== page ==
The physical remnants of our past play a critical role in our country’s narrative; they document our struggles, inform our progress and are a remembrance of those who paved the way. Perhaps no one knows this more than a preservationist, and HISP alum Kristie Kendall (‘10) is no exception. A historic preservation manager for the Piedmont Environmental Council (PEC) in Virginia, Kristie oversees the integration of historic preservation efforts into land conservation and land use programs, working closely to ensure the protection of the many battlefields and historic structures that dot Virginia’s countryside. In addition, Kristie is involved in mountain heritage outreach, work that spurred her new book, These Hills Were Home, which tells the story of the once flourishing Blue Ridge Mountain communities of northern Greene County and western Madison County, Virginia (for trail enthusiasts, the book also contains an annotated trail guide). Below, Kristie discusses the magic of LiDAR technology in uncovering forgotten histories and why today’s communities hold the key to preserving the communities of our past:
Notable project from this past year: Last summer, PEC was awarded a grant from the American Battlefield Protection Program to research two, largely unrecorded Civil War battles that took place in Madison County, Virginia. These two battles, Jack's Shop and James City, were cavalry engagements that covered a huge swath of the county. Documentation and mapping of these engagements will fill an important void in the history of the Gettysburg and Bristoe Campaigns and will pave the way for future preservation efforts within the landscape of these battlefields.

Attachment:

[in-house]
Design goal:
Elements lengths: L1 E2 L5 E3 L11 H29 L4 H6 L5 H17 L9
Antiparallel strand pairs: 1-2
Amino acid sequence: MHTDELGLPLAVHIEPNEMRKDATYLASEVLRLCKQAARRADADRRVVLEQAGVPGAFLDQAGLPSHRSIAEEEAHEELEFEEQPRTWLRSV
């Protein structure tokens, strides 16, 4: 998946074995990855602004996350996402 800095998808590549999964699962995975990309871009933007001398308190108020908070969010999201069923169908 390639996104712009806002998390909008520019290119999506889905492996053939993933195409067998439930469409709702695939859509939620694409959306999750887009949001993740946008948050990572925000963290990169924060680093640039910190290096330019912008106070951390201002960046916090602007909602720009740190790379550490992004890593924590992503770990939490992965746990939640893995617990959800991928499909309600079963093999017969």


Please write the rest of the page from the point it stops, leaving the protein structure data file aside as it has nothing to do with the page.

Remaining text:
A new tool or technology you cannot live without: LiDAR data is just now becoming publicly available in Virginia. It's a remote-sensing method of obtaining information about the Earth. What's amazing is the data gathered from LiDAR shows images of ground cover without all the vegetation seen on an aerial photograph. The data can show old road traces, depressions that mark former home sites and even burial grounds. I think the potential of LiDAR data for uncovering early settlements or forgotten communities is incredible. I hope to be able to use it as I continue to document mountain communities in Shenandoah National Park.
Innovation/Idea for shaping the built environment that you think holds promise: Though it's not a new idea, I continue to believe that community engagement is one of the most important tools for preservation. Placing value in a space - whether it's historic value or otherwise - comes when people make deep connections and identify with the importance of that space. If you can get people to see the value in and significance of a historic building, a battlefield landscape or an area ripe with archaeological potential, then you can convince them of the importance of saving it. Decades from now, we will still be relying on our surrounding community to shape the world around us.
The last great book you read or show you binged: Mercy Street. I'm a huge sucker for any well-researched historic dramas and, sadly, there just aren't enough of them on TV. If you haven't watched, I highly recommend doing so. It's based in Civil War Alexandria, Virginia, and follows the lives of the wealthy Green Family, caught in a world under Federal occupation at the literal crossroads between the North and the South.
What’s next for you (professionally and/or personally): I plan to keep documenting the historic mountain communities within Shenandoah National Park in hopes that a second volume of These Hills Were Home could focus on areas not covered in this first book. I also have a six-month old son now, so I'm looking forward to hitting the trails with him and my husband this winter to begin more research.